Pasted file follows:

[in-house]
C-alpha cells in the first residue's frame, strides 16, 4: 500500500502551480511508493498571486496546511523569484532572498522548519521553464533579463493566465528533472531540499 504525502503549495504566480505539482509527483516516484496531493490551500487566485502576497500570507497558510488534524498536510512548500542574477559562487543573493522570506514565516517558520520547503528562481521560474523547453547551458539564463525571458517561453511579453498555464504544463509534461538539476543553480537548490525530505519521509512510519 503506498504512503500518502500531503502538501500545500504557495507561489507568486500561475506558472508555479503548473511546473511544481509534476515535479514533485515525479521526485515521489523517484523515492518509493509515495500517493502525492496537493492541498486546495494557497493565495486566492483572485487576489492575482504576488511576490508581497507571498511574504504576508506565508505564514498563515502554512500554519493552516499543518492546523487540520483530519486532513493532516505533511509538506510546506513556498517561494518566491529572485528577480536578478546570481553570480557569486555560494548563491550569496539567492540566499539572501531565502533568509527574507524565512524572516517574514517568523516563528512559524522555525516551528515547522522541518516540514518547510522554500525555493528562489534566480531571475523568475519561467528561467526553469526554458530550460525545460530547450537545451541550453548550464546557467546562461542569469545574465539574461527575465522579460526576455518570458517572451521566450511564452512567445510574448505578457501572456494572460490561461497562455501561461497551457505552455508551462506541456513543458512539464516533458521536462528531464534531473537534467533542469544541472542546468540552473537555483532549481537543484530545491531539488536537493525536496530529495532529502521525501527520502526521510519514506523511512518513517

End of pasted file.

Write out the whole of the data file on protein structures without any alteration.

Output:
[in-house]
C-alpha cells in the first residue's frame, strides 16, 4: 500500500502551480511508493498571486496546511523569484532572498522548519521553464533579463493566465528533472531540499 504525502503549495504566480505539482509527483516516484496531493490551500487566485502576497500570507497558510488534524498536510512548500542574477559562487543573493522570506514565516517558520520547503528562481521560474523547453547551458539564463525571458517561453511579453498555464504544463509534461538539476543553480537548490525530505519521509512510519 503506498504512503500518502500531503502538501500545500504557495507561489507568486500561475506558472508555479503548473511546473511544481509534476515535479514533485515525479521526485515521489523517484523515492518509493509515495500517493502525492496537493492541498486546495494557497493565495486566492483572485487576489492575482504576488511576490508581497507571498511574504504576508506565508505564514498563515502554512500554519493552516499543518492546523487540520483530519486532513493532516505533511509538506510546506513556498517561494518566491529572485528577480536578478546570481553570480557569486555560494548563491550569496539567492540566499539572501531565502533568509527574507524565512524572516517574514517568523516563528512559524522555525516551528515547522522541518516540514518547510522554500525555493528562489534566480531571475523568475519561467528561467526553469526554458530550460525545460530547450537545451541550453548550464546557467546562461542569469545574465539574461527575465522579460526576455518570458517572451521566450511564452512567445510574448505578457501572456494572460490561461497562455501561461497551457505552455508551462506541456513543458512539464516533458521536462528531464534531473537534467533542469544541472542546468540552473537555483532549481537543484530545491531539488536537493525536496530529495532529502521525501527520502526521510519514506523511512518513517